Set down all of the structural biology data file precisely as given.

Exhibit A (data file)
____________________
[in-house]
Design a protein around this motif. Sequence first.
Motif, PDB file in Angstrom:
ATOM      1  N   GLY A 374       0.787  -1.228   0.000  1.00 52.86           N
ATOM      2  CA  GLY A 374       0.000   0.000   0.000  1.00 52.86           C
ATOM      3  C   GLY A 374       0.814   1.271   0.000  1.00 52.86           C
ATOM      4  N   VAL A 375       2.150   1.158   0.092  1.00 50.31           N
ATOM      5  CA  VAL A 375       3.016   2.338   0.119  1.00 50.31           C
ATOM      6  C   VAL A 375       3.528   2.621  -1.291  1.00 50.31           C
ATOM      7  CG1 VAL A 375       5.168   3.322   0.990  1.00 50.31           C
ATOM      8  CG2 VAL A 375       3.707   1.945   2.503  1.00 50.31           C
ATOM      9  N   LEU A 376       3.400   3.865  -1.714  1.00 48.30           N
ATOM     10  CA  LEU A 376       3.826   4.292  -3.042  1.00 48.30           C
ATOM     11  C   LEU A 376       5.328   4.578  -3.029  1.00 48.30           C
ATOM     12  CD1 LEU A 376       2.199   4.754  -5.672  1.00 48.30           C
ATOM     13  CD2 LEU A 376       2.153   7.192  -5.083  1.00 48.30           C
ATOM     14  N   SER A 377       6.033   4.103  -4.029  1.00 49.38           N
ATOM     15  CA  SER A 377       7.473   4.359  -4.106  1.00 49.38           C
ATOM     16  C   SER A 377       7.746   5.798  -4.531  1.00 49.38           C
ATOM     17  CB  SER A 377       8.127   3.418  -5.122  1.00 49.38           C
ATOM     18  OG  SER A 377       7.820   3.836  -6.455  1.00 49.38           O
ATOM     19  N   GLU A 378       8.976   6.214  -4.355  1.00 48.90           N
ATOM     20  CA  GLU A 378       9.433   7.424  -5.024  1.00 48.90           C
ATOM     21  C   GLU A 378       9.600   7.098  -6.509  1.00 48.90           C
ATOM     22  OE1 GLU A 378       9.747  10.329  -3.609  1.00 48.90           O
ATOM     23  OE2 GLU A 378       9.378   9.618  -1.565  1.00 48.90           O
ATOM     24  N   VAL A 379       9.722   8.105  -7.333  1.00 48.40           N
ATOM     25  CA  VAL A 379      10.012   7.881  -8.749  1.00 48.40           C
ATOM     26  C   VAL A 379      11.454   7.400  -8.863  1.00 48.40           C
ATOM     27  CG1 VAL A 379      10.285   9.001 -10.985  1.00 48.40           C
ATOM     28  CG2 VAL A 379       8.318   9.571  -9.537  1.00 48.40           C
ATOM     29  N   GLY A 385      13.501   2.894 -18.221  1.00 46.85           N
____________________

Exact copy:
[in-house]
Design a protein around this motif. Sequence first.
Motif, PDB file in Angstrom:
ATOM      1  N   GLY A 374       0.787  -1.228   0.000  1.00 52.86           N
ATOM      2  CA  GLY A 374       0.000   0.000   0.000  1.00 52.86           C
ATOM      3  C   GLY A 374       0.814   1.271   0.000  1.00 52.86           C
ATOM      4  N   VAL A 375       2.150   1.158   0.092  1.00 50.31           N
ATOM      5  CA  VAL A 375       3.016   2.338   0.119  1.00 50.31           C
ATOM      6  C   VAL A 375       3.528   2.621  -1.291  1.00 50.31           C
ATOM      7  CG1 VAL A 375       5.168   3.322   0.990  1.00 50.31           C
ATOM      8  CG2 VAL A 375       3.707   1.945   2.503  1.00 50.31           C
ATOM      9  N   LEU A 376       3.400   3.865  -1.714  1.00 48.30           N
ATOM     10  CA  LEU A 376       3.826   4.292  -3.042  1.00 48.30           C
ATOM     11  C   LEU A 376       5.328   4.578  -3.029  1.00 48.30           C
ATOM     12  CD1 LEU A 376       2.199   4.754  -5.672  1.00 48.30           C
ATOM     13  CD2 LEU A 376       2.153   7.192  -5.083  1.00 48.30           C
ATOM     14  N   SER A 377       6.033   4.103  -4.029  1.00 49.38           N
ATOM     15  CA  SER A 377       7.473   4.359  -4.106  1.00 49.38           C
ATOM     16  C   SER A 377       7.746   5.798  -4.531  1.00 49.38           C
ATOM     17  CB  SER A 377       8.127   3.418  -5.122  1.00 49.38           C
ATOM     18  OG  SER A 377       7.820   3.836  -6.455  1.00 49.38           O
ATOM     19  N   GLU A 378       8.976   6.214  -4.355  1.00 48.90           N
ATOM     20  CA  GLU A 378       9.433   7.424  -5.024  1.00 48.90           C
ATOM     21  C   GLU A 378       9.600   7.098  -6.509  1.00 48.90           C
ATOM     22  OE1 GLU A 378       9.747  10.329  -3.609  1.00 48.90           O
ATOM     23  OE2 GLU A 378       9.378   9.618  -1.565  1.00 48.90           O
ATOM     24  N   VAL A 379       9.722   8.105  -7.333  1.00 48.40           N
ATOM     25  CA  VAL A 379      10.012   7.881  -8.749  1.00 48.40           C
ATOM     26  C   VAL A 379      11.454   7.400  -8.863  1.00 48.40           C
ATOM     27  CG1 VAL A 379      10.285   9.001 -10.985  1.00 48.40           C
ATOM     28  CG2 VAL A 379       8.318   9.571  -9.537  1.00 48.40           C
ATOM     29  N   GLY A 385      13.501   2.894 -18.221  1.00 46.85           N